Expanding this beyond just Palin: I think it is possible to be anti-abortion [but not anti-choice] while still being a feminist, just as I think it is  possible to be religious and a feminist, or conservative and feminist, etc. because even movements that stand at complete opposite ends of the spectrum have common ground. For instance, anti-choice and pro-choice advocates all have a vested interest in reducing the amount of unwanted pregnancies (and, thus, the amount of abortions) so why not work together on that goal? Being against abortion  doesn’t automatically make you anti-feminist (for instance Susan B. Anthony certainly didn’t like abortion, but she kept her focus on dealing with the cultural limitations that lead to abortion, rather than simply making it illegal*) just as being an advocate for abortion doesn’t automatically make you a feminist.

Furthermore, religious feminists often work very hard to  chip away at the misogyny inherent in many religions (at my Catholic High School I witnessed a lot of this) which is a feminist goal that I respect. As a feminist who tries very hard not to force my world-view onto others, I love the idea that we can all come together as feminists,  to work towards a society that allows everyone to freely live the life they imagine; your utopia may not match mine, but in so many ways we can work together to inch towards a world that is better for all of us (god, I am an idealist.)

While metaphors like the following are funny (and seem very accurate) I also find them problematic:

Here’s a story. My late dog, Lucille, hated bananas. But more than that, she hated my dad’s late dog, Guinness, getting anything edible that could be hers. So one day, my dad drops a banana chunk on the kitchen floor, and we both watch Lucille pick it up in her mouth, make a face, then drop it again. Guinness swoops in for the banana chunk, at which point Lucille immediately picks it up again — only to remember it grosses her out and drop it. But then Guinness moves in once more, so she growls and picks it up. Except… still gross. Drop. Swoop. Grab. Ew! Repeat. Comedy gold, as long as you had nothing invested in that banana chunk.

This is what I think of whenever I hear people talk about conservative Christian women “reclaiming” feminism, or blaming those mean and nasty “traditional” (read: “actual”) feminists for keeping them out. You don’t even want the fucking banana. But you’d rather turn it into a lump of mush that nobody wants than let anyone else have it.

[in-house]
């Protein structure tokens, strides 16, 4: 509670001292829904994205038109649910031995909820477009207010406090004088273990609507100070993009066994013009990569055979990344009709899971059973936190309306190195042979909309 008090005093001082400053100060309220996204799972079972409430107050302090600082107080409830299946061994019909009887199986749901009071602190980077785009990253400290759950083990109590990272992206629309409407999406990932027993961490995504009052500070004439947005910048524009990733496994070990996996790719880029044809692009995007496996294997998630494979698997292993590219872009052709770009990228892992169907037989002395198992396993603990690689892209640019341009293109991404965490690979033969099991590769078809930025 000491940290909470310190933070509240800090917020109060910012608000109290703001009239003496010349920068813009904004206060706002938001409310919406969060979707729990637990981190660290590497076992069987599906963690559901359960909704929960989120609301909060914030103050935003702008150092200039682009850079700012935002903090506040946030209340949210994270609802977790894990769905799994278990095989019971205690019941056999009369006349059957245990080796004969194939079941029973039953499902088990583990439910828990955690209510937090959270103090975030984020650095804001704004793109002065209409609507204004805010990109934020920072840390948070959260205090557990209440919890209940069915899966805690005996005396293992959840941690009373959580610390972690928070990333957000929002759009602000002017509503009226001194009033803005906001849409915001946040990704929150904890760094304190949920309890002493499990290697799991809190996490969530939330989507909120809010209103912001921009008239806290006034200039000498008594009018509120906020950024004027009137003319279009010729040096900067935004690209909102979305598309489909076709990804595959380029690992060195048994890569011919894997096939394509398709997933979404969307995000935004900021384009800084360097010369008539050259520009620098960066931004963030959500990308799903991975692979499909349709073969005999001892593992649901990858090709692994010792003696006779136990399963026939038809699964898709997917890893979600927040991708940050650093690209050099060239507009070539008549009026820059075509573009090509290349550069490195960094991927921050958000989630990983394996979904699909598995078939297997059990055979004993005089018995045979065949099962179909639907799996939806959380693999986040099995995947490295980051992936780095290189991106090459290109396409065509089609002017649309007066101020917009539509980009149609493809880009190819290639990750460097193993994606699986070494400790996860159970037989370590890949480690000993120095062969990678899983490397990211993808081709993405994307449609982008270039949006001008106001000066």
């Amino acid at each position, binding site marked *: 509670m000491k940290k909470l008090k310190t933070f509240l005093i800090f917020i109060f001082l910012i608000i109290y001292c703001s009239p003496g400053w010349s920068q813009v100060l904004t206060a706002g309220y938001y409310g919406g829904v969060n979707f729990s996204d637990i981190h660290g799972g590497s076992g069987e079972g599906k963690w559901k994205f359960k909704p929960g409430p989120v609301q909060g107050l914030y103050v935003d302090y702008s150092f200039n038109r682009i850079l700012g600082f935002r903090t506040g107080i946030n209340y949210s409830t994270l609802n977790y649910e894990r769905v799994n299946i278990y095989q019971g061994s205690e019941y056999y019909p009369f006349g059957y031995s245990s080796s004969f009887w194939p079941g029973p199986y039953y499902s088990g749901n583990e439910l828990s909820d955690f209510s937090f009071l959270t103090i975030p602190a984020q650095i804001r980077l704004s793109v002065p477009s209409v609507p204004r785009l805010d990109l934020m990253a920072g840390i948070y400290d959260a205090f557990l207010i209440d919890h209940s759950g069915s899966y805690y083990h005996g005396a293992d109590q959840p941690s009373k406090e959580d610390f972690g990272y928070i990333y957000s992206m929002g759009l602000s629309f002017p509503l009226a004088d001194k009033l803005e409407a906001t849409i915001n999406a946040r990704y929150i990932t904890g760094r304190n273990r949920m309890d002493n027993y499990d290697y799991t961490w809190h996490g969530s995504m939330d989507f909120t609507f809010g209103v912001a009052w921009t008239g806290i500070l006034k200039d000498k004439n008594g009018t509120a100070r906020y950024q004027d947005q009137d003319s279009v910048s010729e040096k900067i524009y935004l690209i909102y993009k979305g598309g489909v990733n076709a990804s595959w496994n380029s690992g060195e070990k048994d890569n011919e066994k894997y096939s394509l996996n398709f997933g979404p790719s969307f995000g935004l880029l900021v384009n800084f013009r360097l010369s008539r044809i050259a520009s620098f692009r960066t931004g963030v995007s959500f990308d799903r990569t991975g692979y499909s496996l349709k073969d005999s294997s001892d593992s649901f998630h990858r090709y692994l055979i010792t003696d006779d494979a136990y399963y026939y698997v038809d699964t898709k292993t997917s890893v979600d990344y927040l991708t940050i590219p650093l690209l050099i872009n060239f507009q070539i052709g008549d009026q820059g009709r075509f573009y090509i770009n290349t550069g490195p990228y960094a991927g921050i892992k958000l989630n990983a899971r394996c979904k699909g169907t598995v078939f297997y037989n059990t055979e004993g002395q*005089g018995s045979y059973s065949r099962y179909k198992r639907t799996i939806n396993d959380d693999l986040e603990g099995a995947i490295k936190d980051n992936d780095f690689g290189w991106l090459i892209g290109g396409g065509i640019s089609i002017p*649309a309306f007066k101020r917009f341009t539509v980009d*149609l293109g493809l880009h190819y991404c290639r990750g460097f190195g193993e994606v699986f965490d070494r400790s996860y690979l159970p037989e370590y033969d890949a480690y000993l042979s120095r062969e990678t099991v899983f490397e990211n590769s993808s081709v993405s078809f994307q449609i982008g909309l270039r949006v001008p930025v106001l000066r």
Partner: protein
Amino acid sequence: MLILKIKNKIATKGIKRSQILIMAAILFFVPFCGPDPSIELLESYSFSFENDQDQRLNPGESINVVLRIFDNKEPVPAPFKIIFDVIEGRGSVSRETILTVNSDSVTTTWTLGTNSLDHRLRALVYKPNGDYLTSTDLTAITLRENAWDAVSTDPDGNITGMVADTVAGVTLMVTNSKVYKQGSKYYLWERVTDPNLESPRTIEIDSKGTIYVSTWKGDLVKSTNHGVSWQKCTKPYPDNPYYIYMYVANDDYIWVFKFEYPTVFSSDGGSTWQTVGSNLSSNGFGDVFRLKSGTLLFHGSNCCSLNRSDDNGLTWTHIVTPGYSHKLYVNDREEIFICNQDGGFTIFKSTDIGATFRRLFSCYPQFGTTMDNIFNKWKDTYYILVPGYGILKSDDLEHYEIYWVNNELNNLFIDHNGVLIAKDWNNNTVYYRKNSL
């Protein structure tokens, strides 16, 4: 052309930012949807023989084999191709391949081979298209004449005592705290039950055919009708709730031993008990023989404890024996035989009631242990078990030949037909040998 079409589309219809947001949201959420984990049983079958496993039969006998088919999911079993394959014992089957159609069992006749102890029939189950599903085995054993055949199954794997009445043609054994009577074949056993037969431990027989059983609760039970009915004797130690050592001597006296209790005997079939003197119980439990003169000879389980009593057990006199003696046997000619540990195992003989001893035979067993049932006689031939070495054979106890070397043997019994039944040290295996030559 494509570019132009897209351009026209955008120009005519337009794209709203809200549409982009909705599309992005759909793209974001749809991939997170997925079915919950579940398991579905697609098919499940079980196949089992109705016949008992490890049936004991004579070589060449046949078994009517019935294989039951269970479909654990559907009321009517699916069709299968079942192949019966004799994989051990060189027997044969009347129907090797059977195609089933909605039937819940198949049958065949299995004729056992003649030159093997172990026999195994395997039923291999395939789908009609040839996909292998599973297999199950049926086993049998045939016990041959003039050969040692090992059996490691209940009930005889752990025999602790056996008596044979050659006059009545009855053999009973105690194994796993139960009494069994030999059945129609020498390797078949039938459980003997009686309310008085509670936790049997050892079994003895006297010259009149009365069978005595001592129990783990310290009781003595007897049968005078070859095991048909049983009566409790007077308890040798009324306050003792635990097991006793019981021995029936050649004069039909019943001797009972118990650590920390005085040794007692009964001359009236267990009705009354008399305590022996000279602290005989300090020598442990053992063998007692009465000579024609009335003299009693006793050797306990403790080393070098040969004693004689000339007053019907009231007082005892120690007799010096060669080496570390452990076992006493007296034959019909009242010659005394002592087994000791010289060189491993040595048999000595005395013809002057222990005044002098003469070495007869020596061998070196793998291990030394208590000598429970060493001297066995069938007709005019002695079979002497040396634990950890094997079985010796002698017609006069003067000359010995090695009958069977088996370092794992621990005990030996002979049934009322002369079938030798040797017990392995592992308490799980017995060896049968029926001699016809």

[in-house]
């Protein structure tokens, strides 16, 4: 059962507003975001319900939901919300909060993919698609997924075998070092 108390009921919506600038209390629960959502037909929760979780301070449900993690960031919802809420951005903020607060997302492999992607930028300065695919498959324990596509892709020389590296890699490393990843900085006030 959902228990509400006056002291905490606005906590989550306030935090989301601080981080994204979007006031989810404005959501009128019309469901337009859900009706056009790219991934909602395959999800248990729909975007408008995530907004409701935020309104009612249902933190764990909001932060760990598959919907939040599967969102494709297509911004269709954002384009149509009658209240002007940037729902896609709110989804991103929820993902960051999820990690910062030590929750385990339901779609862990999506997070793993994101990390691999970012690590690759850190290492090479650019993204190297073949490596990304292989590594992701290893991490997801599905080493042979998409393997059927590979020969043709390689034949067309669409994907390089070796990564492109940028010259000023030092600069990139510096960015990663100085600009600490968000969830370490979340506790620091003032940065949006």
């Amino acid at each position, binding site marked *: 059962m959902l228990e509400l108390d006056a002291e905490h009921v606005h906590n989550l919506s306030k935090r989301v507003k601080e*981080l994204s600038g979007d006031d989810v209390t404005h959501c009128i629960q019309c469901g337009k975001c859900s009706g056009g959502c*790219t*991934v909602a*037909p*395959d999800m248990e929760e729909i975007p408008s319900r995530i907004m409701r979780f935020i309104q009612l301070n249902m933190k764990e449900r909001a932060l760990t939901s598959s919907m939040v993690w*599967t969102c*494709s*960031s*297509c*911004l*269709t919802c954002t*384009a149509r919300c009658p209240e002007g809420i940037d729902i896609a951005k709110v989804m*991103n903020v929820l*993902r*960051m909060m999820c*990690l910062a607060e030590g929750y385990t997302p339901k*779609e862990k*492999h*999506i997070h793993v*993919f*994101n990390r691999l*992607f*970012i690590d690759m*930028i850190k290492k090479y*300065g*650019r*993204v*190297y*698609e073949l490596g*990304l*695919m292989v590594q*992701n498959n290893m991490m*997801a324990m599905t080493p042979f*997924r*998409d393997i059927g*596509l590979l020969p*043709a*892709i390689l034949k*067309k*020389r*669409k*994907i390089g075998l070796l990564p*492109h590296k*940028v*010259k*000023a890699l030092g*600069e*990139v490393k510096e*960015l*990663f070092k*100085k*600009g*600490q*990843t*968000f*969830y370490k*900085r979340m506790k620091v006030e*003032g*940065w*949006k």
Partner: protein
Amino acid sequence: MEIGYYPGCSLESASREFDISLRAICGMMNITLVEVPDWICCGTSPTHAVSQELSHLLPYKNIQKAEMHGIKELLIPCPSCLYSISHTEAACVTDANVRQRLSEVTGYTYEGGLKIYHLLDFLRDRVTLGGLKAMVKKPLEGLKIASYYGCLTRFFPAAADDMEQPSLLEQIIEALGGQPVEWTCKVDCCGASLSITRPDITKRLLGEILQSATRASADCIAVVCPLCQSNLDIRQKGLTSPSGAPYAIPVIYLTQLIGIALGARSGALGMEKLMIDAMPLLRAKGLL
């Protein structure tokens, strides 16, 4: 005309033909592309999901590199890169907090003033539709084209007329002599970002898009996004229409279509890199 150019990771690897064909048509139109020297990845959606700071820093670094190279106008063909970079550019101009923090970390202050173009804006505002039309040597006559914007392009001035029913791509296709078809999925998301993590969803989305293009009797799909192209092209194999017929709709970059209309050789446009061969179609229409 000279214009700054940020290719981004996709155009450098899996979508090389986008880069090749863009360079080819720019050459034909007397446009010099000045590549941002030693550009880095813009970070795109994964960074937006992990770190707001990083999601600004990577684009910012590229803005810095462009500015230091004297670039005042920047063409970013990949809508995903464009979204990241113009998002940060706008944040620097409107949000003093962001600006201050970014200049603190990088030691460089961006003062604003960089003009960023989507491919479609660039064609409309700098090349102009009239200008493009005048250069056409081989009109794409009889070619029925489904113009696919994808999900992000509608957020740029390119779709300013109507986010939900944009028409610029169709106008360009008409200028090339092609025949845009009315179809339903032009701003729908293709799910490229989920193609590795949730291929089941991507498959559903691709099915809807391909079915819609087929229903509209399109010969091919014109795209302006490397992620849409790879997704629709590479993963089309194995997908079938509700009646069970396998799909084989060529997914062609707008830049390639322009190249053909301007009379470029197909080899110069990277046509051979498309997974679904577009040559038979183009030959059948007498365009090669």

What if they want the banana? Don’t we want them to want the banana?

Feminists can come in all different varieties. We all have one common denominator (equality between the sexes) but then we all put our own spin on that denominator. I’m not going to agree with all feminists… but that doesn’t mean they’re not feminists, and telling them that they are not certainly isn’t going to help us to have a productive dialogue. More helpful, would be to hold them accountable as feminists and get them to explain how their actions are contributing to a society that allows equal opportunities for everyone, while also looking for common ground and ways that we can work together.

The bottom line? As far as I am concerned, if you want to be a feminist then we should want you to be a feminist, and encourage you to claim that title… but if you’re going to claim it, you better live up to it in every way you can and be ready to  examine your actions (yes, all of them) through a feminist lens. I’s not sure Palin is there yet, but I do hope she gets there one day.

* Full-disclosure, this post comes from a blog that my partner and I just started. It is a blog that makes an earnest attempt at dispelling lies disseminated through our culture, from all sides of the political spectrum, in an unbiased manner.